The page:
You might think that wine writing has nothing to do with imagination, but you’d be wrong. At first glance, talking about wine seems to have nothing to do with anything but facts: where was it grown? What is the alcohol? What kinds of oak was it aged in? What are the specific flavors? But of course, such a recitation of facts would give nothing of value to consumers, who want to know: What do you think about the wine?
This is where imagination comes in. When I used to pick up a rusty piece of metal in the park, that was all it was: a rusty piece of metal. Garbage, most people would say. And in fact, if you simply looked at it as a rusty piece of metal, that’s all it was. It took imagination to see it as something left over from the Stone Age, a scraping tool to carve out a lump of stone formed into the shape of a fertility goddess. Yet that’s how my mind worked.
It’s pretty much the same with a glass of wine. At the most fundamental level, it is what it is. Even the greatest wine doesn’t blow your mind if you don’t know what it is. Wine is just fermented grape juice, sometimes elaborated with winemaker bells and whistles such as malolactic fermentation, lees aging and barrel fermentation and/or aging. There’s not much more going on, whether it’s Two Buck Chuck or Petrus. What you find in it depends in large part on what you bring to the experience: your expectations and imagination.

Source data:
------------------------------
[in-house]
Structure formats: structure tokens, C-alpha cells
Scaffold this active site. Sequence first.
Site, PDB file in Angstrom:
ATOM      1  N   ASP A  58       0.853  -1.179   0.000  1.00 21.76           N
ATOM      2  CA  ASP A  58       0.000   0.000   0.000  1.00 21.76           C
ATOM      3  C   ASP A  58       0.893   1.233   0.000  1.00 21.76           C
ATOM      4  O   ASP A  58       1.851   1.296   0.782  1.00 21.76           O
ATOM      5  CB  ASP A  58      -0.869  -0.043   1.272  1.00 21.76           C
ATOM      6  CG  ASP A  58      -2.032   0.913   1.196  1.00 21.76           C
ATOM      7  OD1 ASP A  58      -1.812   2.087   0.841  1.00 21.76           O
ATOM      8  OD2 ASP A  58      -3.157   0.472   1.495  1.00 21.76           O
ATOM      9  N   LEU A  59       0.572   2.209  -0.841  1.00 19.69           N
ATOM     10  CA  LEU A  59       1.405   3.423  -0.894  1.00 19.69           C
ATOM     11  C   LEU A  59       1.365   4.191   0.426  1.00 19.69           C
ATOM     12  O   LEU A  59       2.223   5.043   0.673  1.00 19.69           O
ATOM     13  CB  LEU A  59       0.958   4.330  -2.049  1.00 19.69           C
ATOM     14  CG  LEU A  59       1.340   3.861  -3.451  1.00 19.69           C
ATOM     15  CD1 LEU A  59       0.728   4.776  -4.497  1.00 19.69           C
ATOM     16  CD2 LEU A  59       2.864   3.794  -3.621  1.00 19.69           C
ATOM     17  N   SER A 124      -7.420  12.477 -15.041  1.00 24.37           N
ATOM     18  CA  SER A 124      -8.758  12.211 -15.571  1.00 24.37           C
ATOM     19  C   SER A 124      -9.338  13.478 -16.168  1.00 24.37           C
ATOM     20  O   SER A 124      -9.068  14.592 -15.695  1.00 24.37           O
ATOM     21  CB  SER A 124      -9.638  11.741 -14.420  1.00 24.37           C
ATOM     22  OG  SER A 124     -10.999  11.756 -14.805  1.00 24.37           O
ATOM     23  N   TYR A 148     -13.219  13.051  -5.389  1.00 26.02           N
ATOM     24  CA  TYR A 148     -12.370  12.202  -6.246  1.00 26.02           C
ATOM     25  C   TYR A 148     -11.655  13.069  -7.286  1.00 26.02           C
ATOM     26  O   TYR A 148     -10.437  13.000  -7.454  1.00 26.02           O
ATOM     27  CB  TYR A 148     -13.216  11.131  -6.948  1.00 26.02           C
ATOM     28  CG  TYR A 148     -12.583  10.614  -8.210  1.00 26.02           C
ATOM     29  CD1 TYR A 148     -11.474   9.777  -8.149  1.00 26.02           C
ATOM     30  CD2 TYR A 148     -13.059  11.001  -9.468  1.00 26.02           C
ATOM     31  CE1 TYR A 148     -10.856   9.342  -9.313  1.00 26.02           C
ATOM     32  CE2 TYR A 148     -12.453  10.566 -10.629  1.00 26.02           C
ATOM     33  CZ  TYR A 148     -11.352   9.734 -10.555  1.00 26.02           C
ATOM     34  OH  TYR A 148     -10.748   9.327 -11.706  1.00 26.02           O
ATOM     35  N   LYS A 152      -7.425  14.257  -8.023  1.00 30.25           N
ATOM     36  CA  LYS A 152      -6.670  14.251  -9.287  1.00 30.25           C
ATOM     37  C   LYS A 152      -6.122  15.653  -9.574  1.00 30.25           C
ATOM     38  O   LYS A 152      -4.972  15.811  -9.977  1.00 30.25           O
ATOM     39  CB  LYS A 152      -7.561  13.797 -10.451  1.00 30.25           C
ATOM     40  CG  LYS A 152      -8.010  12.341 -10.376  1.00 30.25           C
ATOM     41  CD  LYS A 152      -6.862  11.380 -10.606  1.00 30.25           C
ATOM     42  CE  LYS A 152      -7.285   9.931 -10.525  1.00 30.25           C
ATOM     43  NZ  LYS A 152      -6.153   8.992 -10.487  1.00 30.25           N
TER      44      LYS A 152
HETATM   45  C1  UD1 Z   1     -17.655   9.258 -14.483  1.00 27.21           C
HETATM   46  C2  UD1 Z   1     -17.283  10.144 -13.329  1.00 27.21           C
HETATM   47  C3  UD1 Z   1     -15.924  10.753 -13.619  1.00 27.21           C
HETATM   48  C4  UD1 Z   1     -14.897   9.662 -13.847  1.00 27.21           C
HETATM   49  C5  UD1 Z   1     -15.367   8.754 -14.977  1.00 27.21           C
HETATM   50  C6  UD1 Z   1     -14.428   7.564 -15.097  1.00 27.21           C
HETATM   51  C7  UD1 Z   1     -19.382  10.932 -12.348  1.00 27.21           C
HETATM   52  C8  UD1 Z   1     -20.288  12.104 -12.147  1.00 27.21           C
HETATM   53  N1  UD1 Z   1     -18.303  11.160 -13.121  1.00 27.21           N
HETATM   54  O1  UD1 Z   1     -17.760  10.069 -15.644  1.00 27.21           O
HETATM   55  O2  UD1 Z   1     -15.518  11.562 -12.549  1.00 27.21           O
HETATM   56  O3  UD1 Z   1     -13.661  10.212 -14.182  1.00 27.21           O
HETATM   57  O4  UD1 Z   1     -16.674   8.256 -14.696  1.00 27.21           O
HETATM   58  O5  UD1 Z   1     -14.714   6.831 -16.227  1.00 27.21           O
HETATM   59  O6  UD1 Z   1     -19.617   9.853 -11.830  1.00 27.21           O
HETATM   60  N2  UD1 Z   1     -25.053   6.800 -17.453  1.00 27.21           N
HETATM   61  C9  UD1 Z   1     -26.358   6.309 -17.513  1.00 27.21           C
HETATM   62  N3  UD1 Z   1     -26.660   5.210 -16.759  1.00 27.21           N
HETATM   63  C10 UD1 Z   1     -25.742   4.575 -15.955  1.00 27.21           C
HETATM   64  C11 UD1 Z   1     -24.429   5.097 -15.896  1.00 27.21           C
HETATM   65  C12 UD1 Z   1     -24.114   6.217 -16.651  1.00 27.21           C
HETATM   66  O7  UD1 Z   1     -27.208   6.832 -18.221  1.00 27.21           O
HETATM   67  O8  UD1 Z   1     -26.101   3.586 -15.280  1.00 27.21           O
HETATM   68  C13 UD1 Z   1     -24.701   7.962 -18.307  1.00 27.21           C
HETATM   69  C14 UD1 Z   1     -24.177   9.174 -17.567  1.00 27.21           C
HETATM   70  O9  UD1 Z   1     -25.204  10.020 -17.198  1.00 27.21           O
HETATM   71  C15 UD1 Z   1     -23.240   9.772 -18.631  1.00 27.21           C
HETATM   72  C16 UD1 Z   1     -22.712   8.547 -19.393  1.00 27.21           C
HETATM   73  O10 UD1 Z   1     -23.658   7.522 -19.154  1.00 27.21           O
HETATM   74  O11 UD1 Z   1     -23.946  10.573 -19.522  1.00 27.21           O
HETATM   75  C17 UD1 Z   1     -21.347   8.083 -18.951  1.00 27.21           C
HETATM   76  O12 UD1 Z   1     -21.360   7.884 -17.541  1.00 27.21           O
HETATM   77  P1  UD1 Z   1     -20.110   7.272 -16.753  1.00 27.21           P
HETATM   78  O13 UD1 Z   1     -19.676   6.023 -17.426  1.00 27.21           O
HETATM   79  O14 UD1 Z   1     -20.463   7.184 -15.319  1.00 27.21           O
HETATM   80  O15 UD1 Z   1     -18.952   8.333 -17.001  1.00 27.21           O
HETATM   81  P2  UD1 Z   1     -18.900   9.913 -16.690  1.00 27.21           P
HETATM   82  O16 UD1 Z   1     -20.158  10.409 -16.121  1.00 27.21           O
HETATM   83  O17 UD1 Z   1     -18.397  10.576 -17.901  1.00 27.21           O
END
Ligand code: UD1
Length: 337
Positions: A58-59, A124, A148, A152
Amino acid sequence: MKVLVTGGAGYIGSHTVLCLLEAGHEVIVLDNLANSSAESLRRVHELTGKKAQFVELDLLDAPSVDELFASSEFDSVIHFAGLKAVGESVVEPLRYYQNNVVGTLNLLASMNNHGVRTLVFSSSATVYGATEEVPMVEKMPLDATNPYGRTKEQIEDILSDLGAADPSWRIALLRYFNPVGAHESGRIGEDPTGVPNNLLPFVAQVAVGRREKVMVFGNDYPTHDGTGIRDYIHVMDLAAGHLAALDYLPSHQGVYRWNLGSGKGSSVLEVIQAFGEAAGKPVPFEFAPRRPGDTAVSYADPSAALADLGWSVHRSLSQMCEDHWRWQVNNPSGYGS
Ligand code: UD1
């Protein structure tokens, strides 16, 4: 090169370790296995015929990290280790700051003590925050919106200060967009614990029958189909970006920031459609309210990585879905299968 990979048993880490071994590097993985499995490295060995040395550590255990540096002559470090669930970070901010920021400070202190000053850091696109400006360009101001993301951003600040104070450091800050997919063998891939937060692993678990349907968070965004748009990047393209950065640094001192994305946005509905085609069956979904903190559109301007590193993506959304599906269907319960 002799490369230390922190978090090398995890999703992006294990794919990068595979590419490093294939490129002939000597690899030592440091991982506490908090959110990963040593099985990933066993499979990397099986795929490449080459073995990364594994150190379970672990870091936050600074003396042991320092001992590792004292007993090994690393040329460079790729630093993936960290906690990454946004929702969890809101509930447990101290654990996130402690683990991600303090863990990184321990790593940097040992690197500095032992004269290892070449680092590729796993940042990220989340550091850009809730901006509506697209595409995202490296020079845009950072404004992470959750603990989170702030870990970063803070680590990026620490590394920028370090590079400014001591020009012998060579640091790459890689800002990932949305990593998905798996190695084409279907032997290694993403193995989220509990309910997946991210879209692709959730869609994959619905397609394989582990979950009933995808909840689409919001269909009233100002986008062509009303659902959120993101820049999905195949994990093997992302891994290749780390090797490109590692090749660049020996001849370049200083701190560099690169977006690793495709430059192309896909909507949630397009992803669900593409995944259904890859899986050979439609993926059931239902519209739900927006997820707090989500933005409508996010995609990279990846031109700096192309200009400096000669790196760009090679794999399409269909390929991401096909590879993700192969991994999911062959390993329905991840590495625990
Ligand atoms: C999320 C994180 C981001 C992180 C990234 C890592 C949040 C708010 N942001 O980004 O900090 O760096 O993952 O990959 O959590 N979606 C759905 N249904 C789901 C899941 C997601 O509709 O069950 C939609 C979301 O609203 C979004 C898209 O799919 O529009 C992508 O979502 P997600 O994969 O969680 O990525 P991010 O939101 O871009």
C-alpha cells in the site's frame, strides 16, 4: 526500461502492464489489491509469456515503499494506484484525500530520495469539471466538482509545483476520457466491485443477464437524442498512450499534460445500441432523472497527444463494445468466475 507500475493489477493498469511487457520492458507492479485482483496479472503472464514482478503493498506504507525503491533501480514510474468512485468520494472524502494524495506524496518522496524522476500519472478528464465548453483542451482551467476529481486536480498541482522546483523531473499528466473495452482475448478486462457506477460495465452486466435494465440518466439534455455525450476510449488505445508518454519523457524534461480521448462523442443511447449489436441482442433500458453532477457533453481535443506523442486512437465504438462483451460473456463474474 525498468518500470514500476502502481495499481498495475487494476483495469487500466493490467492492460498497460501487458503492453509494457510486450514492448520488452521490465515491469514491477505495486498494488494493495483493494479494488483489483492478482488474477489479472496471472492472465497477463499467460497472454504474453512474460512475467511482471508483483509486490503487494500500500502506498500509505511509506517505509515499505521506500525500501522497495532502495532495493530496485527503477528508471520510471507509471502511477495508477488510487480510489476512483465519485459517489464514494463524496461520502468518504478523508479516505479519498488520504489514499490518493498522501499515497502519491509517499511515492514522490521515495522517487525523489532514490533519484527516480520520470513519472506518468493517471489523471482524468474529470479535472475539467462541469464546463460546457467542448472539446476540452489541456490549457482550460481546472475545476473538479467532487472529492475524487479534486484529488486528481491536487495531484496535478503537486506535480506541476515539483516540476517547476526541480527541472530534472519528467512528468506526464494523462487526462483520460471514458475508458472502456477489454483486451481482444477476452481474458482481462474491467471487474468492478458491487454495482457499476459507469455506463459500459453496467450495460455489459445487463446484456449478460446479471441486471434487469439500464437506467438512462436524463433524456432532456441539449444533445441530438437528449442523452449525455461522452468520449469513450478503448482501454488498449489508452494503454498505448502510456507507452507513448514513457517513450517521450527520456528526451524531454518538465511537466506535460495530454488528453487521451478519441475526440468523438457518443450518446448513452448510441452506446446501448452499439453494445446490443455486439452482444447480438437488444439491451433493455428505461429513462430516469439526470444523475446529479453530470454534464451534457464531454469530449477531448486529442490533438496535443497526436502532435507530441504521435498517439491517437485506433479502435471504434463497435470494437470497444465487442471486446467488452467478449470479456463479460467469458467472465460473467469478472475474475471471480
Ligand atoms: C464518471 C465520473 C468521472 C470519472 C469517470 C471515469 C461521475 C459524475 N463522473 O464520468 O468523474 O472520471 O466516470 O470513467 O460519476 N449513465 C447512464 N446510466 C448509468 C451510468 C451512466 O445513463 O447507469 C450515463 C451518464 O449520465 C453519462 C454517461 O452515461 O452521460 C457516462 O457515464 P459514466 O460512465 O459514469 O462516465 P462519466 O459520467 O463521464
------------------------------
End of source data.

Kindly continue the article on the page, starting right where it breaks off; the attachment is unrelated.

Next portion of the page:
When I was a young druggie [yes, let’s get that out], Dr. Timothy Leary used to say that the acid experience depended on the combination of set and setting. “Set” was the underlying psychology you brought. “Setting” was your immediate environment. “Set” was unchanging: you are what you are. “Setting” varied enormously and could be the determining factor in whether you had a good trip or a bad one.
What all this has to do with imagination is that the judgment of a particular wine has to do with subjective factors. I believe that there is no “external reality” to a wine. The ultimate judgment is dependent on the setting: what do you know about it? How are you experiencing it–at the winery, tasted openly with the winemaker? Blind, in a paper bag among a flight? When you taste blind, you are in the same boat as an archeologist who comes across an artifact in a dig. What is it? You know very little, but your mind desperately tries to put the pieces together. And so you come to a conclusion: it’s early period Egypt, or pre-Columbian Native American, or a Neanderthal tool. You make inferences based on your knowledge, and your excitement level rises or falls with your conclusions. If you have no knowledge, you can make no inferences. You simply like the wine or you don’t, which is useless from the point of view of helping others understand it. If you understand a great deal about wine, you can develop a historical narrative that others will find useful and compelling. But to do so requires imagination. The wine writer’s seeds are found in his or her childhood fantasies.